Kit Harington’s been one of the biggest stars to emerge from the cultural juggernaut that is Game Of Thrones, his Jon Snow functioning more or less as a protagonist in a show that’s got one of the best ensembles on TV. Now, Harington is cleansing his palate with a play, starring alongside Johnny Flynn in a London revival of Sam Shepard’s True West.
As a new interview with the BBC makes clear, Harington is not only happy onstage, but he’s in no rush to return to HBO. “It was emotional to leave the job definitely,” he says. “But I wouldn’t say I was sad: if like me you go all the way back to the pilot of Game of Thrones that’s almost 10 years of your life - that’s really unusual in an actor’s career. It was a huge emotional upheaval leaving that family. But would I want to go back and do more? Not on your life.”
How about a cameo role on the forthcoming Game Of Thrones prequel (as an ancestor of Jon Snow, the BBC posits) or one of the network’s three-dozen other Thrones spinoffs? “His answer remains an unequivocal no,” the BBC writes. “He’s enjoying stage-work too much.”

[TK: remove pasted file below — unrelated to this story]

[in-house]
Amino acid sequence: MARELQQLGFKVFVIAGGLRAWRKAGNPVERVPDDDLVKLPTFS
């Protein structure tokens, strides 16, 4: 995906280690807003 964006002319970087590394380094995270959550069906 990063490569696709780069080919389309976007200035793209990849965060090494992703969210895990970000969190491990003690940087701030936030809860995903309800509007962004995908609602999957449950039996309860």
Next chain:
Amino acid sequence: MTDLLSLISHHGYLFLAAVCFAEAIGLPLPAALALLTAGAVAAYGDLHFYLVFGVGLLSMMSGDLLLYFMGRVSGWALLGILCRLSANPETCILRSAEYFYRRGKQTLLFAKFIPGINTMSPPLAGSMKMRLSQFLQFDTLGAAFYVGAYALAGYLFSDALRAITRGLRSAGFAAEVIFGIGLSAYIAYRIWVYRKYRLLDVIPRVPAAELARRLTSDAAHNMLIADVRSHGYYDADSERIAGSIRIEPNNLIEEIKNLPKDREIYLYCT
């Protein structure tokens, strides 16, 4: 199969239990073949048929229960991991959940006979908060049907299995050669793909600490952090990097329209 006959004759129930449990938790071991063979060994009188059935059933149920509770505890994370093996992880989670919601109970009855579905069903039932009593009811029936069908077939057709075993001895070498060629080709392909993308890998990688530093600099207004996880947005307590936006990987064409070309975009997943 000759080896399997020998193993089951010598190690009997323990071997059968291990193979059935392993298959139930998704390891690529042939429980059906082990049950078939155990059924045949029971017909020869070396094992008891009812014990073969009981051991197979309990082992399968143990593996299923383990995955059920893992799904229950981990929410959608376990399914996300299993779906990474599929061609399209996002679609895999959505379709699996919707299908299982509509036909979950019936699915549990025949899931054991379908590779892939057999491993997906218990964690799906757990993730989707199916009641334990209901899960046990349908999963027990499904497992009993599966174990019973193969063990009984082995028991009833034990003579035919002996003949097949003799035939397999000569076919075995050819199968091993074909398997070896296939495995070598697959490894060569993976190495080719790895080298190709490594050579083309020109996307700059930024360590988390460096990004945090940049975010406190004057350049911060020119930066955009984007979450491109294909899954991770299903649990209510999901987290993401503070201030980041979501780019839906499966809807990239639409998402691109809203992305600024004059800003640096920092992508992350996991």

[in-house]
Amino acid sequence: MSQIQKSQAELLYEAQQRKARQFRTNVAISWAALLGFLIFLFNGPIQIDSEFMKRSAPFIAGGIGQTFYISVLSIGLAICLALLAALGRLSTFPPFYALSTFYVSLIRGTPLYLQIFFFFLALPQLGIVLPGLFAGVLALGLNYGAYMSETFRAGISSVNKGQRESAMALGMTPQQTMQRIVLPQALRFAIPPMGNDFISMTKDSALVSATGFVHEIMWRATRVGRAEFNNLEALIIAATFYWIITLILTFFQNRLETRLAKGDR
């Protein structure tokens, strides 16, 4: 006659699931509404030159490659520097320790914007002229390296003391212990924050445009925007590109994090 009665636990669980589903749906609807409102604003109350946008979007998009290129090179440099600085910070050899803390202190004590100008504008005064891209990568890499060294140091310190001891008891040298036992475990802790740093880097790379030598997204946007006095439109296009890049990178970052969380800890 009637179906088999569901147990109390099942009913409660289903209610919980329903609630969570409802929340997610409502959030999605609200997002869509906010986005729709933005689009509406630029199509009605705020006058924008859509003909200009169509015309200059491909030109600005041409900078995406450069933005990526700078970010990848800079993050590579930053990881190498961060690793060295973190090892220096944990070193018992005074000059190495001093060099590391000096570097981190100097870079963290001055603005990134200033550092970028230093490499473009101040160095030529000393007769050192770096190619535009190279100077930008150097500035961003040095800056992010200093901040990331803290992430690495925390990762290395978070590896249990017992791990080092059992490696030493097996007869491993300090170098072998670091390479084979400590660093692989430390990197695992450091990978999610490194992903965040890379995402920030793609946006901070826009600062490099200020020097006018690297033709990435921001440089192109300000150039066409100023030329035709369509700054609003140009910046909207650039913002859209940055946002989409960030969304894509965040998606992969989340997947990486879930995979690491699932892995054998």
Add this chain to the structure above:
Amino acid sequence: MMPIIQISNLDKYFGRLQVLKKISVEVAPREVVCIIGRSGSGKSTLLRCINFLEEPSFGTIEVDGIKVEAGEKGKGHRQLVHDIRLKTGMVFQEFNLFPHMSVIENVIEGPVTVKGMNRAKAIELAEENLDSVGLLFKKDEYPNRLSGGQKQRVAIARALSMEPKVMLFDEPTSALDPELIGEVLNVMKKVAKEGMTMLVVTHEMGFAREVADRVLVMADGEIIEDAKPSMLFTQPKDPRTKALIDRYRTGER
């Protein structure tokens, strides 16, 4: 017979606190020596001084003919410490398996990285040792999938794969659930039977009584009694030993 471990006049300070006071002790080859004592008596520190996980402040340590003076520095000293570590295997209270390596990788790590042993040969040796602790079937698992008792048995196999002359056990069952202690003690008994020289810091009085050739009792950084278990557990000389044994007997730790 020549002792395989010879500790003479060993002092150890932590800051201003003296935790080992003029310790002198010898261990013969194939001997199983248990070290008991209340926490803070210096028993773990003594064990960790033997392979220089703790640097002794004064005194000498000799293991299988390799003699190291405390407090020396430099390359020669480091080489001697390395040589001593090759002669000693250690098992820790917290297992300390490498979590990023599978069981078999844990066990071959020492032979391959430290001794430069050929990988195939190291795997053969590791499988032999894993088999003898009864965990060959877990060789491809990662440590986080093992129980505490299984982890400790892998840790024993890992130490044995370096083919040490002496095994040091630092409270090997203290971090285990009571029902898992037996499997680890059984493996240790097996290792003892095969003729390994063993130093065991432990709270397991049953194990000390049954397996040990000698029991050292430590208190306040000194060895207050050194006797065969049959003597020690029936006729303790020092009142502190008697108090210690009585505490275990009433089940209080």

His comments evoke those of Harry Potter’s Rupert Grint, who recently acknowledged how difficult it was to spend so much of one’s formative years on a single project. “But it did feel like stepping out of an institution,” Grint said. “It was nice to breathe the fresh air and now I’m really enjoying stepping further away from that blue-screen world.”
Harington sounds like he’s in a similar place—he may also be burned by the shrugs that met his leading man film debut, Pompeii—but old habits die hard. When asked about the most difficult aspects of the production, True West director Matthew Dunster said it was “persuading Kit he can’t always be the winner.” He added, “At one point in rehearsal Johnny put a cable around Kit’s neck for maybe five seconds and Kit freaked - he wasn’t happy at all.”
After 10 years of playing a reincarnated, dragon-blooded warrior, can you really blame him?